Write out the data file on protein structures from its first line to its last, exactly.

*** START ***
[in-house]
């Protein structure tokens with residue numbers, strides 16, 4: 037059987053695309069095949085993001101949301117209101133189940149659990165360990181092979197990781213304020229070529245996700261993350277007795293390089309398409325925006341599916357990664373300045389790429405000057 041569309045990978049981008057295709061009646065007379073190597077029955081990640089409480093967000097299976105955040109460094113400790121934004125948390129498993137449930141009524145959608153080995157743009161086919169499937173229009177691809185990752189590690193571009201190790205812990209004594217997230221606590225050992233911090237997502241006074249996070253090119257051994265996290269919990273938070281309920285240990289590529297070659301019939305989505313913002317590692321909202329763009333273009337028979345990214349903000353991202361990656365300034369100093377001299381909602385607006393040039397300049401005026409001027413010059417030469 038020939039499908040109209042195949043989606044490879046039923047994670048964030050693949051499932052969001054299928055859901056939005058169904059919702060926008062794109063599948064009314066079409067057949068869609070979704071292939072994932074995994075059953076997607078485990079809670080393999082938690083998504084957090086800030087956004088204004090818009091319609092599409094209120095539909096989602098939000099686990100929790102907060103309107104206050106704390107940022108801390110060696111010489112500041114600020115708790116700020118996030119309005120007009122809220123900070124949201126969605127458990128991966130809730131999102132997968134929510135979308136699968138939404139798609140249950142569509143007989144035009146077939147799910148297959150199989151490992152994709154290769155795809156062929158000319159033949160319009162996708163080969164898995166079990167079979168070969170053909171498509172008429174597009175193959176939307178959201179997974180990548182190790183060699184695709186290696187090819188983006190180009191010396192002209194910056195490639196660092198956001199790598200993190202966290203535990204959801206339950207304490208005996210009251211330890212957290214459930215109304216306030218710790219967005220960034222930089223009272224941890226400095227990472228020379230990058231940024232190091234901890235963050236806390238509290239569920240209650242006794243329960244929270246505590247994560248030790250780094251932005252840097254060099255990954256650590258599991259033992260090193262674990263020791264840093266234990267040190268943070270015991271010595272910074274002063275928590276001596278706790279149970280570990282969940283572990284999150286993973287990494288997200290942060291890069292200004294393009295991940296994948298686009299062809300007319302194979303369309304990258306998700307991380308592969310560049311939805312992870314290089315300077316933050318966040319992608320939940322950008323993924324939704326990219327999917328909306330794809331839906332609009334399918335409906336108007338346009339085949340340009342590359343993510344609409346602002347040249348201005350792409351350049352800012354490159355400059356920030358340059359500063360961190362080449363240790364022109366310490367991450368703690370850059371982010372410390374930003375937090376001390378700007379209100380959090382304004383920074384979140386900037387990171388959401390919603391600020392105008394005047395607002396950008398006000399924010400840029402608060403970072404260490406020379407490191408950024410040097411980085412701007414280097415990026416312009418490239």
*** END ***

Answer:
[in-house]
């Protein structure tokens with residue numbers, strides 16, 4: 037059987053695309069095949085993001101949301117209101133189940149659990165360990181092979197990781213304020229070529245996700261993350277007795293390089309398409325925006341599916357990664373300045389790429405000057 041569309045990978049981008057295709061009646065007379073190597077029955081990640089409480093967000097299976105955040109460094113400790121934004125948390129498993137449930141009524145959608153080995157743009161086919169499937173229009177691809185990752189590690193571009201190790205812990209004594217997230221606590225050992233911090237997502241006074249996070253090119257051994265996290269919990273938070281309920285240990289590529297070659301019939305989505313913002317590692321909202329763009333273009337028979345990214349903000353991202361990656365300034369100093377001299381909602385607006393040039397300049401005026409001027413010059417030469 038020939039499908040109209042195949043989606044490879046039923047994670048964030050693949051499932052969001054299928055859901056939005058169904059919702060926008062794109063599948064009314066079409067057949068869609070979704071292939072994932074995994075059953076997607078485990079809670080393999082938690083998504084957090086800030087956004088204004090818009091319609092599409094209120095539909096989602098939000099686990100929790102907060103309107104206050106704390107940022108801390110060696111010489112500041114600020115708790116700020118996030119309005120007009122809220123900070124949201126969605127458990128991966130809730131999102132997968134929510135979308136699968138939404139798609140249950142569509143007989144035009146077939147799910148297959150199989151490992152994709154290769155795809156062929158000319159033949160319009162996708163080969164898995166079990167079979168070969170053909171498509172008429174597009175193959176939307178959201179997974180990548182190790183060699184695709186290696187090819188983006190180009191010396192002209194910056195490639196660092198956001199790598200993190202966290203535990204959801206339950207304490208005996210009251211330890212957290214459930215109304216306030218710790219967005220960034222930089223009272224941890226400095227990472228020379230990058231940024232190091234901890235963050236806390238509290239569920240209650242006794243329960244929270246505590247994560248030790250780094251932005252840097254060099255990954256650590258599991259033992260090193262674990263020791264840093266234990267040190268943070270015991271010595272910074274002063275928590276001596278706790279149970280570990282969940283572990284999150286993973287990494288997200290942060291890069292200004294393009295991940296994948298686009299062809300007319302194979303369309304990258306998700307991380308592969310560049311939805312992870314290089315300077316933050318966040319992608320939940322950008323993924324939704326990219327999917328909306330794809331839906332609009334399918335409906336108007338346009339085949340340009342590359343993510344609409346602002347040249348201005350792409351350049352800012354490159355400059356920030358340059359500063360961190362080449363240790364022109366310490367991450368703690370850059371982010372410390374930003375937090376001390378700007379209100380959090382304004383920074384979140386900037387990171388959401390919603391600020392105008394005047395607002396950008398006000399924010400840029402608060403970072404260490406020379407490191408950024410040097411980085412701007414280097415990026416312009418490239």